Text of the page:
The underside was quite a task but hitting concrete spurred me on to get as much cleared as I could before my back gave out. I started at the left front tire and worked my way back. Putting a 3 ton jack under the bottom arm I tried to lift it but the tree growing through the front bumper had other ideas. Next time I must remember to take my chainsaw. Giving up on that we worked along the side and exposed the tires (front two are flat) and the bed it sits on. On the rear is a small crane which over the years has dumped lots of fluid down through the truck and working from the front there was lots of oily sticky mud to clear. The blacksmith on site said he will take the crane off if he gets a chance before we next go down.
Looking at the drive train it all seems to be there even tho it is rather rusty and by the looks of things seized. I may have had a moan about the oil but it has kept the chassis in good condition.
My next trip down will hopefully be in my restored ex MOD land rover with my nice new 10 ton bottle jack, a couple of axle stands and a big hammer to see if we can get the rear wheels rolling.
Wish us luck. Will keep you up to date on our progress.
Stephen Ellis, Scotland.
1994 mack dump truck 350 , triaxle,all mack drive terrain ,gear goes into high gear only, already replaced valve on dash, could use air line diagram,I think its a air problem. trucks been sitting around 2 years before parking everything was find, thanks in advance for any help. forgot to mention RB model.
I have a 2000 Mack with an E7 engine. I have a new three piece exhaust manifold to put on truck. Does anyone know if there is an assembly joint compound or some kind of sealant that should be used between the pieces or should I put them together dry and let them rust together ?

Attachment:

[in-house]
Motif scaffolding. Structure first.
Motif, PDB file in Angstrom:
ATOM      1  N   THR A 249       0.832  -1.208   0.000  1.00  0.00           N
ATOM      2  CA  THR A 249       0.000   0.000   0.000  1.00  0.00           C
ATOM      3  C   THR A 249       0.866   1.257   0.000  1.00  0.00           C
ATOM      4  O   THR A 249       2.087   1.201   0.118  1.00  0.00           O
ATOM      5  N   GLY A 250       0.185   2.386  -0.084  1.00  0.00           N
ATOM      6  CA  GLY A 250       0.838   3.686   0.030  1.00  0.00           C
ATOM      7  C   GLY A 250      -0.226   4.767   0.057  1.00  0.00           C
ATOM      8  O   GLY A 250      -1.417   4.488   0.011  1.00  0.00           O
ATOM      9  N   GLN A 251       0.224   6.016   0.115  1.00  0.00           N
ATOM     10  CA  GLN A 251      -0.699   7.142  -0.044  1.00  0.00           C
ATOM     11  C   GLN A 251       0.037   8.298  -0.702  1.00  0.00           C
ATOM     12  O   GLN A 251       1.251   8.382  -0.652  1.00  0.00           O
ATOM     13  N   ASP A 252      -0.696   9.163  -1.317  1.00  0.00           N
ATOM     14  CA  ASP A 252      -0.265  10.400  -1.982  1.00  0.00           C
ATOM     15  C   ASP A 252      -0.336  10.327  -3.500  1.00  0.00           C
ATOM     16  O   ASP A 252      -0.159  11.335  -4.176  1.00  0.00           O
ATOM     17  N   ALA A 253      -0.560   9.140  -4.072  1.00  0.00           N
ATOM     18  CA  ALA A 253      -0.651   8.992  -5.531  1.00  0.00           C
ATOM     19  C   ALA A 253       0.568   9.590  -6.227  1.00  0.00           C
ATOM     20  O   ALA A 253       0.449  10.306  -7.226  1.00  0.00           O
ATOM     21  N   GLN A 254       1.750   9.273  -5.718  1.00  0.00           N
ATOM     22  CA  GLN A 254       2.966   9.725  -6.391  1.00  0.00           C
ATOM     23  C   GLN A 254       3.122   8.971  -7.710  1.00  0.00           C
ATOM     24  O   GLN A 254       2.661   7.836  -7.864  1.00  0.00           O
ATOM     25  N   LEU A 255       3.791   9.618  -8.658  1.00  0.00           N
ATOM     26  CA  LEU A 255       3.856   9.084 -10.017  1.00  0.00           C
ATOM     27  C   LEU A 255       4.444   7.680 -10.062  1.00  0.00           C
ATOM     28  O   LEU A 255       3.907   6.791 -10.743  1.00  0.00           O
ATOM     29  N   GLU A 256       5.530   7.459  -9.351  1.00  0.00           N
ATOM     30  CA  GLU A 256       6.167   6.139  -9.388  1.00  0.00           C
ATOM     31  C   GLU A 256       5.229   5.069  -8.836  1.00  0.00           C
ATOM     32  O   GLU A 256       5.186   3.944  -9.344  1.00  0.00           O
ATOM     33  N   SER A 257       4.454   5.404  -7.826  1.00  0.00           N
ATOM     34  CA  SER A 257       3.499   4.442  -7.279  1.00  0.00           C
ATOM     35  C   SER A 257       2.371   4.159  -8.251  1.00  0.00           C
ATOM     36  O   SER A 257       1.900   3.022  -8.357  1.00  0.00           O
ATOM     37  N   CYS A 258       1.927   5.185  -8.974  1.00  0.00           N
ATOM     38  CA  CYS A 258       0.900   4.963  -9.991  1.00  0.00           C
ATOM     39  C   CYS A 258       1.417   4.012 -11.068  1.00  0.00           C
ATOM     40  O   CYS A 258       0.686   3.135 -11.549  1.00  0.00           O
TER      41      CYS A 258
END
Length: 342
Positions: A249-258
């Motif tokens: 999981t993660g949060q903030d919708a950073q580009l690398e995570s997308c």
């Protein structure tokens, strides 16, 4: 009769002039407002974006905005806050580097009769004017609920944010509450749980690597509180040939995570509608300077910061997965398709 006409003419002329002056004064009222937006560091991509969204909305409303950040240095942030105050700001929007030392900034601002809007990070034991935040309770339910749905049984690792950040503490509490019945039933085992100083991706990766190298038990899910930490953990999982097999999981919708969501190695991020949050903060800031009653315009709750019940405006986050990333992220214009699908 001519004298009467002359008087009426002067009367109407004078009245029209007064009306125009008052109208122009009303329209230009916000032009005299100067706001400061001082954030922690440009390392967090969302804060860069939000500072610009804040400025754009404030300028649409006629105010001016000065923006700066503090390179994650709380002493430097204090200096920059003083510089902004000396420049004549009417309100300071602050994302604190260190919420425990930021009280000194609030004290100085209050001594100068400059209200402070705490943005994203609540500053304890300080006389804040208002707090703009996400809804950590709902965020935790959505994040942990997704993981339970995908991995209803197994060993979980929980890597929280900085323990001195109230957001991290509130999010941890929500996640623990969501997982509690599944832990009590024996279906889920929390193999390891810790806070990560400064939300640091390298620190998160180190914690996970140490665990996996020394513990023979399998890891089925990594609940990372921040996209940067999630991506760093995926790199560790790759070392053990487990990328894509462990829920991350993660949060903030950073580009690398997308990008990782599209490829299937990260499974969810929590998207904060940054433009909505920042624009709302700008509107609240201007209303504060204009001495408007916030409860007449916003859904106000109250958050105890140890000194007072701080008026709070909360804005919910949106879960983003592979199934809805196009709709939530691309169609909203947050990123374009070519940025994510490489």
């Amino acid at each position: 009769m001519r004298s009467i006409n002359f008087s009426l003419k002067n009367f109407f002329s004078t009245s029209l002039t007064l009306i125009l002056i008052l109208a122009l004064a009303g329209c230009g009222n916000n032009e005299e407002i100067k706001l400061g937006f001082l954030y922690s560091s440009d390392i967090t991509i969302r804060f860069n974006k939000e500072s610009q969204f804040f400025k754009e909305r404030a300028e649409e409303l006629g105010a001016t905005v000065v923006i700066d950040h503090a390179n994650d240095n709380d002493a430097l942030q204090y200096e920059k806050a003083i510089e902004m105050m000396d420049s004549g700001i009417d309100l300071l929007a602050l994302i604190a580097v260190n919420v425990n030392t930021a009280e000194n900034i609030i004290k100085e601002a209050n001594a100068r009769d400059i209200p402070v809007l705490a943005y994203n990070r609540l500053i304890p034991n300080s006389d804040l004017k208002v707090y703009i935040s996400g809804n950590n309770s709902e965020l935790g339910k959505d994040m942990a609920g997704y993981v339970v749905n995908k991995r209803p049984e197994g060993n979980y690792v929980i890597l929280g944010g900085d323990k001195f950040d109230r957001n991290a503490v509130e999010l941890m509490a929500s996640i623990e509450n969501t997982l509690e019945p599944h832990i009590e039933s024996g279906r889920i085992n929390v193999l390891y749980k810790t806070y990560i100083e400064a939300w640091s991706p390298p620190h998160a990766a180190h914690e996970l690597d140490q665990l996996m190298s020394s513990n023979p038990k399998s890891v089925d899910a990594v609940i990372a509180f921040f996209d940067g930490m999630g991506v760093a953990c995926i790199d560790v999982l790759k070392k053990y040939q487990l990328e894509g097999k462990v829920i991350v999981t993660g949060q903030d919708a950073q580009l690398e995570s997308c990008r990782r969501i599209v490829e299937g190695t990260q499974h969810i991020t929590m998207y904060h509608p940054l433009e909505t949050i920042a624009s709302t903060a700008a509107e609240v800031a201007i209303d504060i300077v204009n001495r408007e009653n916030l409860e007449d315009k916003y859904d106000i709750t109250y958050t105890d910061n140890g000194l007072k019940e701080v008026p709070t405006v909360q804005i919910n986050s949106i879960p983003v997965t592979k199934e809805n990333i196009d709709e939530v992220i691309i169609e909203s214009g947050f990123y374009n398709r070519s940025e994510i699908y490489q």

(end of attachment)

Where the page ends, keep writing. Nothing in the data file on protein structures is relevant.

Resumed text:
I drive a mack rd 800, 400 half mechanical half electrical fuel pump and when in a pull going up hill with a load the fuel pump shuts off when the computer is trying to feel fuel. could anyone please help
Day one of my newest project and possibly the least eco friendly one of them all! To get this truck out and back to my house I'm going to have to cut down a couple of trees, remove the garden from the chassis and generally clear out 35 years of undergrowth and assorted rubbish!
After clearing a tree, a welder, an enormous battery charger and the controls for the crane from the back the chassis is in remarkably decent condition. Maybe the flora and fauna over it protected it slightly! We managed to clear off most of it, dig out the back wheels and start digging out the front. The rear wheels are surprisingly whole, considering it hasn't moved for ever. I think we even dug out wood from the Ark! The front wheels haven't fared quite so well, Scottish weather doesn't do much for preserving rubber. All in all our archaeological expedition to remove some of the earth from round the wheels was a success.
Looking forward to day 2 and shovelling more earth!!
I am selling my 1975 Mack RS700L V8 end dump. Truck is in great mechanical condition. I'm unsure of the actual mileage being I just fixed my speedometer. I am the third owner of this vehicle. Both owners had their own work done to the truck for road legal repairs. Rear ends rebuilt in 2009 that I have documents for. A little about the truck. It's again a 1975 Mack. It has a 49,006LBS rear ends and 20,000lbs fronts. Brand new tires on the steers and first drive axle, and %75 and rear axle. The vehicle has no oil leaks or AIR leaks. It is %100 road ready and legal. DOT inspection is current as with the registration. It has a 13 speed road ranger transmission, shifts smooth with no grind or slippage. Clutch is in fine condition with no slippage or clutch break problems. Well that's pretty much it... and it does have a 1 stage dyna-tard brake that works great and is very loud and beyond effective. Any questions or comments, please feel free to let me know.
I am in the aluminum scrap metal business. I have the option of purchasing over 200k lbs. of 1980 Mack Transmissions & motors.
I need to know approximate percentage of Aluminum per trans & motor.
If anyone can offer there expertise I'd greatly appreciate it.